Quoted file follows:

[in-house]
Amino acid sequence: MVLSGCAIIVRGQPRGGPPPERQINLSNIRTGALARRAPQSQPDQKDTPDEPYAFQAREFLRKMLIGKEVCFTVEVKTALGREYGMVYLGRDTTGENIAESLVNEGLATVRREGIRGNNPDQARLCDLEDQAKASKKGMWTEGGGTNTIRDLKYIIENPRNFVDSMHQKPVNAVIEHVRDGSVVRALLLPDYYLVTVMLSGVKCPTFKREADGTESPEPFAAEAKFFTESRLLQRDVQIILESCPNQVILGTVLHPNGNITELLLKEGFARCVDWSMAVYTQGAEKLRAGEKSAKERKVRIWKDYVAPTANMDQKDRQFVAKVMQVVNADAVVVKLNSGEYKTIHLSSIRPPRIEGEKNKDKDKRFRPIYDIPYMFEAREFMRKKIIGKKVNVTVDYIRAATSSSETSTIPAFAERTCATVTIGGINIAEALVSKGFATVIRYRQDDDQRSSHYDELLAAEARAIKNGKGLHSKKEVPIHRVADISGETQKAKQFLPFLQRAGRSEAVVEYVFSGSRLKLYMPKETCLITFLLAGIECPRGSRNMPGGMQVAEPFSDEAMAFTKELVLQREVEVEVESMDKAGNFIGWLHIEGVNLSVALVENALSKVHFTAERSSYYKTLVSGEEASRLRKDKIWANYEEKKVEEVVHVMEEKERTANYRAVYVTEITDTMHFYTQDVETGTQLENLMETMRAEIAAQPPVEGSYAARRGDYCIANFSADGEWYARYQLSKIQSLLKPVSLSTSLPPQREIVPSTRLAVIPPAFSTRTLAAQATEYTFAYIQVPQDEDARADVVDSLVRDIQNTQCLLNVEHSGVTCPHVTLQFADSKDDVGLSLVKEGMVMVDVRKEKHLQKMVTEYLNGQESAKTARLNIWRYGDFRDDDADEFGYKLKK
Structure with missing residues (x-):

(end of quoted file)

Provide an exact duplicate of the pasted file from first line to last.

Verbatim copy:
[in-house]
Amino acid sequence: MVLSGCAIIVRGQPRGGPPPERQINLSNIRTGALARRAPQSQPDQKDTPDEPYAFQAREFLRKMLIGKEVCFTVEVKTALGREYGMVYLGRDTTGENIAESLVNEGLATVRREGIRGNNPDQARLCDLEDQAKASKKGMWTEGGGTNTIRDLKYIIENPRNFVDSMHQKPVNAVIEHVRDGSVVRALLLPDYYLVTVMLSGVKCPTFKREADGTESPEPFAAEAKFFTESRLLQRDVQIILESCPNQVILGTVLHPNGNITELLLKEGFARCVDWSMAVYTQGAEKLRAGEKSAKERKVRIWKDYVAPTANMDQKDRQFVAKVMQVVNADAVVVKLNSGEYKTIHLSSIRPPRIEGEKNKDKDKRFRPIYDIPYMFEAREFMRKKIIGKKVNVTVDYIRAATSSSETSTIPAFAERTCATVTIGGINIAEALVSKGFATVIRYRQDDDQRSSHYDELLAAEARAIKNGKGLHSKKEVPIHRVADISGETQKAKQFLPFLQRAGRSEAVVEYVFSGSRLKLYMPKETCLITFLLAGIECPRGSRNMPGGMQVAEPFSDEAMAFTKELVLQREVEVEVESMDKAGNFIGWLHIEGVNLSVALVENALSKVHFTAERSSYYKTLVSGEEASRLRKDKIWANYEEKKVEEVVHVMEEKERTANYRAVYVTEITDTMHFYTQDVETGTQLENLMETMRAEIAAQPPVEGSYAARRGDYCIANFSADGEWYARYQLSKIQSLLKPVSLSTSLPPQREIVPSTRLAVIPPAFSTRTLAAQATEYTFAYIQVPQDEDARADVVDSLVRDIQNTQCLLNVEHSGVTCPHVTLQFADSKDDVGLSLVKEGMVMVDVRKEKHLQKMVTEYLNGQESAKTARLNIWRYGDFRDDDADEFGYKLKK
Structure with missing residues (x-):